But I am not going to cop out with the ubiquitous “It Depends” answer. Let me give you 5 factors to consider when making your decisions about your sales model
Factor 1: What is your target customer’s buying process?
We talk a lot about sales process in Enterprise Tech, but in a hyperconnected world where buyers possess access to almost infinite information, we need to think about how customers buy, not how we sell. You need to ask how they have traditionally bought and how they are buying in the new normal.
Small businesses have usually bought quickly and with smaller levels of consideration. Frequently there is a single decision maker and they are focused on ease of implementation, low cost and end user simplicity. They are not often interested in competitive evaluations unless it helps drive price down.
Large enterprises have traditionally bought slowly with very high levels of consideration. There are many stakeholders involved in buying technology. They often have established and cumbersome procurement rules that must be navigated. They will have very complex decision criteria and will focus more on total cost of ownership and ability to integrate with existing complex infrastructure. They will almost always require a competitive analysis as part of the buying process that involves significant dollars.
Medium sized business is traditionally a mix of the above- more than one decision maker, but not hoards of people; Some structure in the buying process, but not too much.
Buying processes also differ by industry and region in the world. Buying processes in government and regulated industries (Finance, Healthcare, Pharma) are even more stringent. European buying processes can differ from American ones and Asia Pacific buying processes are clearly different.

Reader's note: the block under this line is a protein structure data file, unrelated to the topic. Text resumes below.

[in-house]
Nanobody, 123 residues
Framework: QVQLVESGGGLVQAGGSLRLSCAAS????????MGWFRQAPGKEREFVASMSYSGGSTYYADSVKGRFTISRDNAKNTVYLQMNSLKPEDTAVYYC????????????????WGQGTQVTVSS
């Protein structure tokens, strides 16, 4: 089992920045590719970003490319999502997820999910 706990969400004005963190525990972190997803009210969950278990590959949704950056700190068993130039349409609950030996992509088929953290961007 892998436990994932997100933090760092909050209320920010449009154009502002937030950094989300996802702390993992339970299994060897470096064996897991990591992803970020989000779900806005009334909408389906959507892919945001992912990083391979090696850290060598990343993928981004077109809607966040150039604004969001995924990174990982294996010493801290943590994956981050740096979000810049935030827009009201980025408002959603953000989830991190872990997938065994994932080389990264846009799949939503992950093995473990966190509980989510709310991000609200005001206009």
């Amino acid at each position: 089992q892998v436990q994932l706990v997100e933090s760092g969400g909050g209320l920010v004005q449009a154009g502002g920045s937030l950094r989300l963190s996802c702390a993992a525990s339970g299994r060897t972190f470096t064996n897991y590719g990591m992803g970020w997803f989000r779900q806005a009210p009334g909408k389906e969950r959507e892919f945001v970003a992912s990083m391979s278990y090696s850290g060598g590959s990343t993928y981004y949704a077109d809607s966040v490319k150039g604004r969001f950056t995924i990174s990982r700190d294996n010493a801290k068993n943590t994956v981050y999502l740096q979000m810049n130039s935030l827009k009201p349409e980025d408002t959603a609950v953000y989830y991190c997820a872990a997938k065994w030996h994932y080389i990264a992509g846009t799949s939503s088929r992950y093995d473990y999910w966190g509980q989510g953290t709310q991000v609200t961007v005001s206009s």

So, the general rule is, if you target large companies and regulated industries you will trend towards sales heavy and if you target smaller companies and less regulated industries, then you can trend towards “Sales light”.
Lastly, you should consider who your target buyer is within the company. The sales light model has worked well for Atlassian partly because they target engineers and developers. This target buyer is highly skeptical of salespeople and marketing claims. Taking them golfing is not likely going to help the sale move along. They want to see the product, look at the nuts and bolts and decide based on hands on work. Furthermore, developers can often choose tools individually or in small groups without engaging with a large team of stakeholders. And once, you convince an engineer or developer about your product, they are likely excellent sources for word of mouth referrals. If you are selling compliance software to the CIO or Chief compliance officer, you are much more likely to need spend a lot more sales time doing belly-to-belly meetings.
Factor 2: How Mission critical is your product?
Every company wants their product to be called mission critical, but be careful for what you wish for. Mission critical is often defined as “Will the business stop if this application is down” or “Will there be significant impact if this application is down“. ERP software for manufacturers is mission critical, Patient record systems are mission critical to hospitals; Websites and ecommerce systems are critical to online companies. Points of sales systems are critical to retailers. Email and Payroll systems are usually mission critical for everyone. But there are a whole host of important software that is not mission critical. If you are selling “succession planning software” or “recruiting software” or “e-meeting software”, then you fall into the important, but not crucial category.
The sales model implications are as follows. Mission critical software requires a more sales heavy approach and important, but not mission critical software can trend more towards sales light.